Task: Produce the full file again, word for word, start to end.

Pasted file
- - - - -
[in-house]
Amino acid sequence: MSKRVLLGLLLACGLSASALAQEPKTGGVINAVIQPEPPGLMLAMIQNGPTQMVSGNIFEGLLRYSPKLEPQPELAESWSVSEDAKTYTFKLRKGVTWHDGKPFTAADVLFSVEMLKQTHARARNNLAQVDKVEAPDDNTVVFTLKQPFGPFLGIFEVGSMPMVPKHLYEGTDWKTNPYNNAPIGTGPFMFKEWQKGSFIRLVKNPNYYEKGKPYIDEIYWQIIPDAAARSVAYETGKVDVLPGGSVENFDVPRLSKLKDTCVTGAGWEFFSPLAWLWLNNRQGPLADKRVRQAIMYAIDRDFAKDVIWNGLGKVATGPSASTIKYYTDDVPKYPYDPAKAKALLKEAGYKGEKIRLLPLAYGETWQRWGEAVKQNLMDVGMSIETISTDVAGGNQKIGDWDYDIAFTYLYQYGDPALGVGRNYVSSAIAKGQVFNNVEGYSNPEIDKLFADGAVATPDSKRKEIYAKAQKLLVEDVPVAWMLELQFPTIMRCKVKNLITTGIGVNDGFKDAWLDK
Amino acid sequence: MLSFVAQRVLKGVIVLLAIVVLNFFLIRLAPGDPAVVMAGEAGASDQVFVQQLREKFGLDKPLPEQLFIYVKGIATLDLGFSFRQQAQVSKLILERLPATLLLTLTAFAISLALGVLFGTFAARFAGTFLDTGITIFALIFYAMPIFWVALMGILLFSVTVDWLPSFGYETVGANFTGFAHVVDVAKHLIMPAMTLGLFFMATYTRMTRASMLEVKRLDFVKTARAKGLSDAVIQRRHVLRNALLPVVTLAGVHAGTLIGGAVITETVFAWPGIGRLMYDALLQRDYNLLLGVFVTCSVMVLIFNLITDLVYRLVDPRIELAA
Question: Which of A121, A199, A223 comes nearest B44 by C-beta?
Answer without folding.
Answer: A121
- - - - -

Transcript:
[in-house]
Amino acid sequence: MSKRVLLGLLLACGLSASALAQEPKTGGVINAVIQPEPPGLMLAMIQNGPTQMVSGNIFEGLLRYSPKLEPQPELAESWSVSEDAKTYTFKLRKGVTWHDGKPFTAADVLFSVEMLKQTHARARNNLAQVDKVEAPDDNTVVFTLKQPFGPFLGIFEVGSMPMVPKHLYEGTDWKTNPYNNAPIGTGPFMFKEWQKGSFIRLVKNPNYYEKGKPYIDEIYWQIIPDAAARSVAYETGKVDVLPGGSVENFDVPRLSKLKDTCVTGAGWEFFSPLAWLWLNNRQGPLADKRVRQAIMYAIDRDFAKDVIWNGLGKVATGPSASTIKYYTDDVPKYPYDPAKAKALLKEAGYKGEKIRLLPLAYGETWQRWGEAVKQNLMDVGMSIETISTDVAGGNQKIGDWDYDIAFTYLYQYGDPALGVGRNYVSSAIAKGQVFNNVEGYSNPEIDKLFADGAVATPDSKRKEIYAKAQKLLVEDVPVAWMLELQFPTIMRCKVKNLITTGIGVNDGFKDAWLDK
Amino acid sequence: MLSFVAQRVLKGVIVLLAIVVLNFFLIRLAPGDPAVVMAGEAGASDQVFVQQLREKFGLDKPLPEQLFIYVKGIATLDLGFSFRQQAQVSKLILERLPATLLLTLTAFAISLALGVLFGTFAARFAGTFLDTGITIFALIFYAMPIFWVALMGILLFSVTVDWLPSFGYETVGANFTGFAHVVDVAKHLIMPAMTLGLFFMATYTRMTRASMLEVKRLDFVKTARAKGLSDAVIQRRHVLRNALLPVVTLAGVHAGTLIGGAVITETVFAWPGIGRLMYDALLQRDYNLLLGVFVTCSVMVLIFNLITDLVYRLVDPRIELAA
Question: Which of A121, A199, A223 comes nearest B44 by C-beta?
Answer without folding.
Answer: A121